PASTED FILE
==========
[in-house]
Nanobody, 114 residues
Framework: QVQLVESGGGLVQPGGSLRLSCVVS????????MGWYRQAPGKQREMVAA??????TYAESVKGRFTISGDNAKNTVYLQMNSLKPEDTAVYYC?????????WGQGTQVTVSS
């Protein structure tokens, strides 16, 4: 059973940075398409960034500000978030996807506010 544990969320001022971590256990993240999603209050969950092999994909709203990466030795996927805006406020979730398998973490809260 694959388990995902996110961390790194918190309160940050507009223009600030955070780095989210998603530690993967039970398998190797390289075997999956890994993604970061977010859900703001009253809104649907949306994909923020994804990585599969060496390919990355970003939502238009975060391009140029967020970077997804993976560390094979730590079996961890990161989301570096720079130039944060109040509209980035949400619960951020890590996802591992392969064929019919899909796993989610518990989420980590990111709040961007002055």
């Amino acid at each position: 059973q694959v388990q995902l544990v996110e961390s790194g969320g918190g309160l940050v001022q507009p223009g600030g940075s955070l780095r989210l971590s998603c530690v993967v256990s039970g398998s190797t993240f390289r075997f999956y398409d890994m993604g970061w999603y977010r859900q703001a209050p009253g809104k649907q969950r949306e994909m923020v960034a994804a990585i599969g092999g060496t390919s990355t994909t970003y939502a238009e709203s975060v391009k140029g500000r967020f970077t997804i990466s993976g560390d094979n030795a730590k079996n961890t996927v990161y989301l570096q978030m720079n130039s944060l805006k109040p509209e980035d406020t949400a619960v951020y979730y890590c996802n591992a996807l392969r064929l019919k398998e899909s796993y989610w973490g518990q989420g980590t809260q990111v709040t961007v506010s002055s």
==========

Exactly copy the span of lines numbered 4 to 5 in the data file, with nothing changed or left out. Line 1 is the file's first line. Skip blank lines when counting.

């Protein structure tokens, strides 16, 4: 059973940075398409960034500000978030996807506010 544990969320001022971590256990993240999603209050969950092999994909709203990466030795996927805006406020979730398998973490809260 694959388990995902996110961390790194918190309160940050507009223009600030955070780095989210998603530690993967039970398998190797390289075997999956890994993604970061977010859900703001009253809104649907949306994909923020994804990585599969060496390919990355970003939502238009975060391009140029967020970077997804993976560390094979730590079996961890990161989301570096720079130039944060109040509209980035949400619960951020890590996802591992392969064929019919899909796993989610518990989420980590990111709040961007002055």
């Amino acid at each position: 059973q694959v388990q995902l544990v996110e961390s790194g969320g918190g309160l940050v001022q507009p223009g600030g940075s955070l780095r989210l971590s998603c530690v993967v256990s039970g398998s190797t993240f390289r075997f999956y398409d890994m993604g970061w999603y977010r859900q703001a209050p009253g809104k649907q969950r949306e994909m923020v960034a994804a990585i599969g092999g060496t390919s990355t994909t970003y939502a238009e709203s975060v391009k140029g500000r967020f970077t997804i990466s993976g560390d094979n030795a730590k079996n961890t996927v990161y989301l570096q978030m720079n130039s944060l805006k109040p509209e980035d406020t949400a619960v951020y979730y890590c996802n591992a996807l392969r064929l019919k398998e899909s796993y989610w973490g518990q989420g980590t809260q990111v709040t961007v506010s002055s």